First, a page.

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likely an undercount. The 41 drawings represent these women.”

the Holiday Season 2020 is going to look and feel a little bit different than years past. Not too long ago, I had a moment of weakness and lamented to my daughter about how I just wanted life to be “normal” again. My daughter, without skipping a beat said, “Mom, the black plague lasted seven years.” In other words, woman up. After that point, I tried to find ways to see the beauty of this time. I would start my sentences to my family, “I love this age because..” and then started to list some of the good things in spite of the bad. So, what were my “loves”? I actually have a few. I love this time because, with my family together more, we’re spending quality time talking about things that matter. I laughingly said the other day that I love this time because I’m going through so much soap that I was able to enjoy scents like Marshmallow Pumpkin Latte and Pumpkin Cupcake, knowing I’d go through them before Thanksgiving even hit. They smell divine by the way. But, there was something deeper I loved. I loved seeing friends and business partners grow in ways they wouldn’t have if this pandemic hadn’t struck. My beautiful friend, Karen Grosz, decided to start her own networking group to promote happiness and she is now building an online community of support. It’s hard to keep that woman still. She is always dreaming, always encouraging, always doing. Then, there’s the woman I call my partner in crime. Melanie Fabrizius is one of those wonders who literally breathes life into Yellowstone Valley Woman magazine by designing every square inch of it. She has a graphic design firm on the side and when her client load dwindled a bit because of COVID-19, she decided to turn her attention to a long-lost love — art. She launched a website and devoted time to explore digital art. She created what she calls the Scamper Series, showing some of Montana’s wildlife in bold, graphic displays. It was her second body of work, however, that formed a lump in my throat. It’s called Not Forgotten. On her website, she says, “This series is dedicated to the Missing and Murdered Indigenous Women and Girls of Montana. According to the Urban Indian Health Institute’s 2020 report, there are currently 41 known cases of MMIW in Montana. This is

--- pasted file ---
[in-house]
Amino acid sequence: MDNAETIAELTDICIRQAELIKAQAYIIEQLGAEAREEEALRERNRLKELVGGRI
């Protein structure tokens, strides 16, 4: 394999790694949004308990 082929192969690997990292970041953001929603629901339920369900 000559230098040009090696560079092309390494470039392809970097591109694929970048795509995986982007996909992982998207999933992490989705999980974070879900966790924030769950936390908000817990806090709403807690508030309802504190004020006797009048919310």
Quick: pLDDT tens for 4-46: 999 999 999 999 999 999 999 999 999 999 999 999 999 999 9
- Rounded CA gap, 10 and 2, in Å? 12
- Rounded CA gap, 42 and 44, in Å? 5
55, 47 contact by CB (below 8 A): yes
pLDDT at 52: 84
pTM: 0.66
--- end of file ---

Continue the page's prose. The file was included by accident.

As you scroll through her drawings, each woman depicted has her own distinct personality. The hair, jewelry and clothing is unique. What’s the same in each portrait is the red handprint over each of their mouths, an image that symbolizes how indigenous women’s voices have been silenced. “I was inspired by our March 2020 issue featuring Selena Not Afraid’s story and the MMIW movement,” Melanie says. “The faces of these beautiful women and girls from that story were on my mind daily.” When COVID hit, she says, “I felt like the news coverage about MMIW stopped.” Wanting to push it back into the spotlight, Melanie turned to art. “I simply want to continue to bring awareness to this issue and keep it in people’s minds and hearts.” The result was 41 portraits drawn straight from Melanie’s own heart. The works are colorful and thought provoking. As you flip through this issue, you’ll see stories of women flexing their strengths and sharing their talents in remarkable ways. Our special section on Girl Power has me jumping out of my shoes over these young women who are blazing new trails. The spirit they all embody is one we can learn from — to follow our passions, no matter what our age. So, as you look around this beautiful world that is weathering tough and dark things, I hope you follow these women’s leads and look for the good. See the change. Be the change. Hug those you love. Be grateful and, most of all, have the most blessed holiday possible.

Julie IF YOU’D LIKE TO SEE MELANIE’S WORK, click on melaniefab.com

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Yellowstone Valley Woman  

Yellowstone Valley Woman magazine was started in 2001 as a 40-page free publication in Yellowstone County. Over the years, thanks to your re...

Yellowstone Valley Woman  

Yellowstone Valley Woman magazine was started in 2001 as a 40-page free publication in Yellowstone County. Over the years, thanks to your re...